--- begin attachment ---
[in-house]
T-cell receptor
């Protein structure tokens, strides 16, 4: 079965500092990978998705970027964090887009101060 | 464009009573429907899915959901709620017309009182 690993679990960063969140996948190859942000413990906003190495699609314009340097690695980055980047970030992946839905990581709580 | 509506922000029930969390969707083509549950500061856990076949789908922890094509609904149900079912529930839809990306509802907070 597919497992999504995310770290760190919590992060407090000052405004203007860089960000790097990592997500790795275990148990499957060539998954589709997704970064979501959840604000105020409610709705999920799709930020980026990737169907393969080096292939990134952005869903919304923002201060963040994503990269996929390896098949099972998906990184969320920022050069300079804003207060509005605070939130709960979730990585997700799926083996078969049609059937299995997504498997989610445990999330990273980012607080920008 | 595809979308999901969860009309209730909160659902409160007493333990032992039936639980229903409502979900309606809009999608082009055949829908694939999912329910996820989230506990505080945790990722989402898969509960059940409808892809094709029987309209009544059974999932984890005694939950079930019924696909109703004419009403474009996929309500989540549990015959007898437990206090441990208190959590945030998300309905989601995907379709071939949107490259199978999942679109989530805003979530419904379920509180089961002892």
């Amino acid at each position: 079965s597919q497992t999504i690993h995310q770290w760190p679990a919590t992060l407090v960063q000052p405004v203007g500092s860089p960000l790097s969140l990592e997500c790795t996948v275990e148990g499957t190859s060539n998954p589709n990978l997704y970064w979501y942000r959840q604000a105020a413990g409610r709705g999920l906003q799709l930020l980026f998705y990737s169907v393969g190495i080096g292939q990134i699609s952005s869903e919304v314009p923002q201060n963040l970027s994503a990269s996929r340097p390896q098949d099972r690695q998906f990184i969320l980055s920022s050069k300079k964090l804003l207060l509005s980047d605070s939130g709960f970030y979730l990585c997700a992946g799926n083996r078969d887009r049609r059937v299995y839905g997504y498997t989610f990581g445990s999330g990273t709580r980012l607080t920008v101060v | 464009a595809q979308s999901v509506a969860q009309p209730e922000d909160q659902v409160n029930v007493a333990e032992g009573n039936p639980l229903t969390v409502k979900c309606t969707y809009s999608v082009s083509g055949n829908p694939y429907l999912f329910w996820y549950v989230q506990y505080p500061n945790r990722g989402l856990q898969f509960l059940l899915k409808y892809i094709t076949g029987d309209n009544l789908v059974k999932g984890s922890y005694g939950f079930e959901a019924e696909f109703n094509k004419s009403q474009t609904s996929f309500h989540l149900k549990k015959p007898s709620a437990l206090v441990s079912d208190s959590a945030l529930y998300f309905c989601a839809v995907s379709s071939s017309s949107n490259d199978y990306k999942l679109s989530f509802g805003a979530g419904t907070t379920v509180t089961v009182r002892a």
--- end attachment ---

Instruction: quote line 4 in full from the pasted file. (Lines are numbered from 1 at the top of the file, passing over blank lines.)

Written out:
């Amino acid at each position: 079965s597919q497992t999504i690993h995310q770290w760190p679990a919590t992060l407090v960063q000052p405004v203007g500092s860089p960000l790097s969140l990592e997500c790795t996948v275990e148990g499957t190859s060539n998954p589709n990978l997704y970064w979501y942000r959840q604000a105020a413990g409610r709705g999920l906003q799709l930020l980026f998705y990737s169907v393969g190495i080096g292939q990134i699609s952005s869903e919304v314009p923002q201060n963040l970027s994503a990269s996929r340097p390896q098949d099972r690695q998906f990184i969320l980055s920022s050069k300079k964090l804003l207060l509005s980047d605070s939130g709960f970030y979730l990585c997700a992946g799926n083996r078969d887009r049609r059937v299995y839905g997504y498997t989610f990581g445990s999330g990273t709580r980012l607080t920008v101060v | 464009a595809q979308s999901v509506a969860q009309p209730e922000d909160q659902v409160n029930v007493a333990e032992g009573n039936p639980l229903t969390v409502k979900c309606t969707y809009s999608v082009s083509g055949n829908p694939y429907l999912f329910w996820y549950v989230q506990y505080p500061n945790r990722g989402l856990q898969f509960l059940l899915k409808y892809i094709t076949g029987d309209n009544l789908v059974k999932g984890s922890y005694g939950f079930e959901a019924e696909f109703n094509k004419s009403q474009t609904s996929f309500h989540l149900k549990k015959p007898s709620a437990l206090v441990s079912d208190s959590a945030l529930y998300f309905c989601a839809v995907s379709s071939s017309s949107n490259d199978y990306k999942l679109s989530f509802g805003a979530g419904t907070t379920v509180t089961v009182r002892a």